Finance ministers from the Group of Eight leading industrialized nations said
Saturday in a draft communique that global growth is strong, but warned of
dangers posed by high energy prices and economic imbalances.
"Global growth remains strong and is
gradually becoming more broadly based," said the ministers, who met in St.
Petersburg in the run-up to next month's summit of G-8 leaders. "However,
downside risks from high and volatile energy prices and widening global
Minister Alexei Kudrin, right, and World Bank chief Paul Wolfowitz seen at
a joint news conference in St. Petersburg, Russia, Friday June 9, 2006.
Russia on Friday preceded a meeting of the Group of Eight finance
ministers by declaring a plan to write off about US$700 million (553
million euros) in debt owed by the poorest countries, a move reflecting
its oil-propelled wealth and a desire to jockey for an equal position with
the world's top industrialized nations.
The ministers called for promoting greater transparency and reliability in
energy market data through developing a global common standard for reporting oil
Finance ministers had been expected to discuss how the United States is
dealing with its huge trade deficit and what policies other countries are
pursuing to bolster domestic growth as a way of supporting US exports. Without
referring directly to the United States, the draft called the task of addressing
economic imbalances a "shared responsibility."
The US Commerce Department said Friday that the trade deficit rose to $63.4
billion in April after two months of rare declines, pushed higher by surging oil
prices and a flood of imported furniture, televisions and toys from China.
In the face of calls in Europe to diversify energy supplies away from a
strong reliance on Russia currently supplying a quarter of European energy,
Moscow has insisted that predictable markets for its oil and gas are a key part
of energy security. The draft appeared to acknowledge both positions.
"We recognize the importance of the principles of the Energy Charter, of
diversification of energy markets and supply sources and of strengthened
emergency response cooperation in ensuring energy security," the draft said.
Early this year, Moscow cut off gas supplies to Ukraine in a price war,
resulting in a brief disruption to EU nations in the dead of the winter.
Europe has been pushing Russia to ratify the Energy Charter, which provides a
mechanism for crafting predictable market conditions for producers and consumers
alike. However, Russia has resisted EU pressure to ratify the document that
would require it to open its export pipeline network and other energy assets to
The ministers also drafted a separate statement focusing on the need to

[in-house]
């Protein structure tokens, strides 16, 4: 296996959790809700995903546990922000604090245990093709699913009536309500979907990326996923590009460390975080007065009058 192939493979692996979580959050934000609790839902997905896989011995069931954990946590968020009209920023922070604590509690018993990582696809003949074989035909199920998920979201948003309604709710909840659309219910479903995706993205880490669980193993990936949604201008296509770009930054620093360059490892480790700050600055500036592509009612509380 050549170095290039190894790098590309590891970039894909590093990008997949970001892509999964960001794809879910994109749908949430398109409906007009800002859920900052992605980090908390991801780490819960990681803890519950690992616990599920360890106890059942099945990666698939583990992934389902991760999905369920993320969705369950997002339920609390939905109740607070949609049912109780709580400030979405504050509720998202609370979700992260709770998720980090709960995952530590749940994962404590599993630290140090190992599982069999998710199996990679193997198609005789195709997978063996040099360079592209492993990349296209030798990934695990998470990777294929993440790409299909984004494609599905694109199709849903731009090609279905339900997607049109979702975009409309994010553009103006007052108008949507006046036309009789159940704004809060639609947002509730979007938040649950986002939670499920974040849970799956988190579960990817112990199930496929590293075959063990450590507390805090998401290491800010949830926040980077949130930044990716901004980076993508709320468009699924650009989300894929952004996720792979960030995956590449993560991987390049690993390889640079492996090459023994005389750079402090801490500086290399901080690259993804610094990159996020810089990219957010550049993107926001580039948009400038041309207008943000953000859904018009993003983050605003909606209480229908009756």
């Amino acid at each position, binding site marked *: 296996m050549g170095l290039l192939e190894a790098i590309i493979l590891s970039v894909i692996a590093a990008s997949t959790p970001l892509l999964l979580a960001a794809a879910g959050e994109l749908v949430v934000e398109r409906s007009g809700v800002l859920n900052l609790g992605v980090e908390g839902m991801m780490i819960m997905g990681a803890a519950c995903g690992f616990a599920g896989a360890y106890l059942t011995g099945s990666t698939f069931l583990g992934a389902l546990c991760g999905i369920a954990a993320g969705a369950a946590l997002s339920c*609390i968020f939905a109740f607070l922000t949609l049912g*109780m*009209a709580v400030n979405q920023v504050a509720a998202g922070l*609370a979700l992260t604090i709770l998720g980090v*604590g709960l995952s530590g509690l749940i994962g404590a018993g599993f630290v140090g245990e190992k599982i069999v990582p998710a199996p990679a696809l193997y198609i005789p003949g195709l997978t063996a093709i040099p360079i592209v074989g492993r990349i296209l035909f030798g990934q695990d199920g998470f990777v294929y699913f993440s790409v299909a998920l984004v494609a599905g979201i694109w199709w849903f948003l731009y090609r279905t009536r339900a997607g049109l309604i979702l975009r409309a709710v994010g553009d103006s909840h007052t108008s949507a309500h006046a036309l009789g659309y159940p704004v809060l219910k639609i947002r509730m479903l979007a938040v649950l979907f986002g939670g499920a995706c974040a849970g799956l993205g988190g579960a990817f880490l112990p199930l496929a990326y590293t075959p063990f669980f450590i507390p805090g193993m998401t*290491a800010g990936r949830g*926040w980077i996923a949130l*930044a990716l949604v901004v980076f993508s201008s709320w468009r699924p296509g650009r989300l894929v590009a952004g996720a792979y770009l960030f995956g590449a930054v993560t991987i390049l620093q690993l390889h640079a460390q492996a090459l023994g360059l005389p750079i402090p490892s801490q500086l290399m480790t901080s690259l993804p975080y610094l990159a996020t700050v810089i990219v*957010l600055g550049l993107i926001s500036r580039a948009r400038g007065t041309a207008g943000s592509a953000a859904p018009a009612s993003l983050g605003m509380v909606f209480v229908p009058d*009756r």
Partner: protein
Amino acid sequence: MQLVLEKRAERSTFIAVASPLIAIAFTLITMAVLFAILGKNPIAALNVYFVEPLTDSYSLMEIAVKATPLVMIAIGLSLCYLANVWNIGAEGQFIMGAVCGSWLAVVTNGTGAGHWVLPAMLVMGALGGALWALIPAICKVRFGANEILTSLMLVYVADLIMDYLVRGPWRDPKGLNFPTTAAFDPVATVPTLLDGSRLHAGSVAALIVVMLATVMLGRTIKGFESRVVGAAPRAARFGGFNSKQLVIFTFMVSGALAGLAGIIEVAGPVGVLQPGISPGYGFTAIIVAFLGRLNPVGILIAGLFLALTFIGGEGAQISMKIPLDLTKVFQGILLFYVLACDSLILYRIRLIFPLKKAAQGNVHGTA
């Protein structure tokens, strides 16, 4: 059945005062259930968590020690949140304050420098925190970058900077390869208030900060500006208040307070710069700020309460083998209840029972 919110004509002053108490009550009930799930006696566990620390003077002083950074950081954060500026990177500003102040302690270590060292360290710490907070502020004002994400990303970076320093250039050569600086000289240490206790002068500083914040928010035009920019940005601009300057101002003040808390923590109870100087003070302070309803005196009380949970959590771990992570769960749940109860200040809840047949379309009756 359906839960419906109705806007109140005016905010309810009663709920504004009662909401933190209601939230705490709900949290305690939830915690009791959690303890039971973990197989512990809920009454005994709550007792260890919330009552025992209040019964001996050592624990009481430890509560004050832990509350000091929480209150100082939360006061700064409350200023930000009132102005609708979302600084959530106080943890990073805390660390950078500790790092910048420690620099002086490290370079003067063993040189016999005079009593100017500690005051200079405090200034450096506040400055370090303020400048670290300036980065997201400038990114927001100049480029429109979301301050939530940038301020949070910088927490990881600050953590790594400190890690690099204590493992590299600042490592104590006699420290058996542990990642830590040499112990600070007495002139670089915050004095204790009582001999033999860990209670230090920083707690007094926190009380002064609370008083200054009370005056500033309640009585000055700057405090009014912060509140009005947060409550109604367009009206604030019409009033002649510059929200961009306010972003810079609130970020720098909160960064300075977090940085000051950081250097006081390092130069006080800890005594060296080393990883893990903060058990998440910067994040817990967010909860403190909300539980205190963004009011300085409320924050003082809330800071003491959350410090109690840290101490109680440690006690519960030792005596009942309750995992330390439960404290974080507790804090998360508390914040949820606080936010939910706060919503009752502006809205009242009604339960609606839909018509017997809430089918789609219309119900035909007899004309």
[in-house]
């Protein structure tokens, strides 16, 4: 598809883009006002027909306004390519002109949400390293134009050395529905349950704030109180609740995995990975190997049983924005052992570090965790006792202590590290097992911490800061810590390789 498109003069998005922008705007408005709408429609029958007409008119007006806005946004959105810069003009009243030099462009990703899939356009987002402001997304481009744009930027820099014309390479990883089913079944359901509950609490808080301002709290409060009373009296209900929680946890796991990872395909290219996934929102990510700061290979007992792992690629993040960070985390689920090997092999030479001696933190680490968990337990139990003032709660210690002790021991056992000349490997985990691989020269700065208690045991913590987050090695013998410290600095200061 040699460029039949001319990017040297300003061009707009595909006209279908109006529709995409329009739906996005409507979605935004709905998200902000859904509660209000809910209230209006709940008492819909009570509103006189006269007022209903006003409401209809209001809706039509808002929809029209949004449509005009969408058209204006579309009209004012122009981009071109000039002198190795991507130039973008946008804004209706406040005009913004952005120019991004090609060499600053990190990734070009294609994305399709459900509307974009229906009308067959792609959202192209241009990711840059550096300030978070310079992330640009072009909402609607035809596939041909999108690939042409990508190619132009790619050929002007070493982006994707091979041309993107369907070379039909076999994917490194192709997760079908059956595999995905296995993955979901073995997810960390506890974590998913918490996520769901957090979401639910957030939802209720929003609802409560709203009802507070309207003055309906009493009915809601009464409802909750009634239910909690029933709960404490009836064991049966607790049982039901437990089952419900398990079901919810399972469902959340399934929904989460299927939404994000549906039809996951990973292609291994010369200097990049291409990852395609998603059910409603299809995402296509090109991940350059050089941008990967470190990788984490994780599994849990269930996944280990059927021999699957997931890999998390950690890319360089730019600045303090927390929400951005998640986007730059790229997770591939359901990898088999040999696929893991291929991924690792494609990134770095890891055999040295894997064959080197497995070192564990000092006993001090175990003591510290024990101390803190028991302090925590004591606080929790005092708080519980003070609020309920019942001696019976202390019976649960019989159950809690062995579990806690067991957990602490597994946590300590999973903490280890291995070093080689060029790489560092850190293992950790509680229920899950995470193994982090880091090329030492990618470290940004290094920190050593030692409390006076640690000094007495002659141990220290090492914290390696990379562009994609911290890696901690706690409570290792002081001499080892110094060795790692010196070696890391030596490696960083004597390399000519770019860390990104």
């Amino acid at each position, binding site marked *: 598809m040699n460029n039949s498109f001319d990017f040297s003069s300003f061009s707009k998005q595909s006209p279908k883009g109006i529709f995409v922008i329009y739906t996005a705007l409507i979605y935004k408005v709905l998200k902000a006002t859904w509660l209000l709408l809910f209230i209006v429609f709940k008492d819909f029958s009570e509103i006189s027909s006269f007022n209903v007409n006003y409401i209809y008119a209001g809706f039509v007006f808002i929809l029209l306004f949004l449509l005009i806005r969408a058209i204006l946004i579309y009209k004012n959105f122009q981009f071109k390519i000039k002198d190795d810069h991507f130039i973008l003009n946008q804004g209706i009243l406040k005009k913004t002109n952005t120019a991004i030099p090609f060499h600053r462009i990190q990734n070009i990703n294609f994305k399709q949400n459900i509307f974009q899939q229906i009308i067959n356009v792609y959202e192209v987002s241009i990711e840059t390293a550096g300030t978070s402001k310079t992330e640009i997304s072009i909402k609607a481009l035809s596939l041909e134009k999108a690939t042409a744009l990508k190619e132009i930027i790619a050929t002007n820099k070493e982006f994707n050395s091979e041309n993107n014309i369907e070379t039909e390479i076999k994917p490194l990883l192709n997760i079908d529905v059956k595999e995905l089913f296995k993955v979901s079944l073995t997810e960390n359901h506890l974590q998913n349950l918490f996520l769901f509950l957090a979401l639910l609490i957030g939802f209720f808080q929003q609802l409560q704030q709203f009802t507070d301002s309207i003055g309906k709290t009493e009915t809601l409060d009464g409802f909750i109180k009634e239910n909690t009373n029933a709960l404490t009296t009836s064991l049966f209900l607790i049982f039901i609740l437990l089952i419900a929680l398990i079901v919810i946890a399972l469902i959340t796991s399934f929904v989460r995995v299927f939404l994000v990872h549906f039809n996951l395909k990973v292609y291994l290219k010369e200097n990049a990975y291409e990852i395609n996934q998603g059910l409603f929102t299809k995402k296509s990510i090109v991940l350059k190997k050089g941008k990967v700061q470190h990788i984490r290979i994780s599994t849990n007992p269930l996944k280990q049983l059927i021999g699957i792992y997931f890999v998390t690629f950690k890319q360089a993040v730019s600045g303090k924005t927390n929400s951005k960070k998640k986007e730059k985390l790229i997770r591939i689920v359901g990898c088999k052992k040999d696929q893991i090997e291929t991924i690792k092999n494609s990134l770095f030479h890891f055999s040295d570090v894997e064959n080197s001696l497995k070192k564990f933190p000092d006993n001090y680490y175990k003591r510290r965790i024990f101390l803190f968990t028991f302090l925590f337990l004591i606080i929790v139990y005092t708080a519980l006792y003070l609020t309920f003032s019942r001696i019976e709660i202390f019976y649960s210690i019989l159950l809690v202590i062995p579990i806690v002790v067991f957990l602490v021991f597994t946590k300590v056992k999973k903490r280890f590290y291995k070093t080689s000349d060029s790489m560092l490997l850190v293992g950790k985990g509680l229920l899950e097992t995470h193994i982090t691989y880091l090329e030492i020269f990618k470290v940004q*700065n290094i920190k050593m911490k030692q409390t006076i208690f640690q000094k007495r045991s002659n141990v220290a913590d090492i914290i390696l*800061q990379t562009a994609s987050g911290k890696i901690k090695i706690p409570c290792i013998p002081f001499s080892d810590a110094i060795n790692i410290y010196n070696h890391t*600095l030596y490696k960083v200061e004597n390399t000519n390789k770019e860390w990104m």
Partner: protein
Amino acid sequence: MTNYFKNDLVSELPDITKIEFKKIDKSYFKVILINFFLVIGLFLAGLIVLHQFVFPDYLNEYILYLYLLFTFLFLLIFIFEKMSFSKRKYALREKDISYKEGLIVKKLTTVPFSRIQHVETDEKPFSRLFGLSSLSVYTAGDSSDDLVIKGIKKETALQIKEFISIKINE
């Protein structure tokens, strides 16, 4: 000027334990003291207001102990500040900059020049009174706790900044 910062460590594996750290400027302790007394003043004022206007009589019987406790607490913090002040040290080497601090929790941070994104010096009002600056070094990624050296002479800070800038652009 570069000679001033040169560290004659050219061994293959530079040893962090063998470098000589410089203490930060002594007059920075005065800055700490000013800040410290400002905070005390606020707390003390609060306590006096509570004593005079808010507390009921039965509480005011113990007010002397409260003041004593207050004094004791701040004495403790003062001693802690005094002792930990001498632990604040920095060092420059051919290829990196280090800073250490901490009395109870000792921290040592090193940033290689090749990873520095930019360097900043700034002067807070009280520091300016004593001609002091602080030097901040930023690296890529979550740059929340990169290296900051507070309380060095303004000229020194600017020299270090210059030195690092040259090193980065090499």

support impoverished nations' access to energy supplies.
"We urge national governments and multilateral and bilateral donors to
integrate energy issues into poverty reduction and country assistance
strategies, including options for the least developed countries to tap their
natural resources potential," they said.
The draft statement saluted the role played by emerging economies like
Russia, China and Brazil in funding development projects in the world's poorest
Russian Finance minister Alexei Kudrin on Friday touted a $700 million
(euro553 million) debt write-off that would require debtor countries to use $250
million (euro197 million) of the money to combat infectious diseases, primarily
malaria, and help improve energy infrastructure in African nations.
Among the other points in the draft, ministers reiterated their commitment to
preparing contingency plans against an avian flu pandemic, emphasized the
importance of education programs to enhance financial literacy and reaffirmed
the need to strengthen safeguards against money laundering and terrorism
Russia, which is leading the G-8 for the first time, is keen to flex
financial muscles that have been buffed by billions of dollars in oil money
flowing into its coffers at a time of record world prices. It is the world's
second largest oil exporter after Saudi Arabia.
Separately, a spokesman for the German finance minister told Dow Jones
Newswires that Germany was willing to accept early payment of euro1.3 billion
($1.6 billion) in Russia's Soviet-era debt, but warned that Moscow would have to
pay a premium to retire the remaining euro6.4 billion ($8.1 billion) of its debt
owed to Germany ahead of schedule.
Russia has offered to quickly pay down all of the $22 billion it owes to the
Paris Club of creditor nations, but Germany has resisted Russia's offer of a
full redemption of the debt it is owed, reluctant to lose the future income
stream of relatively high interest payments over the next few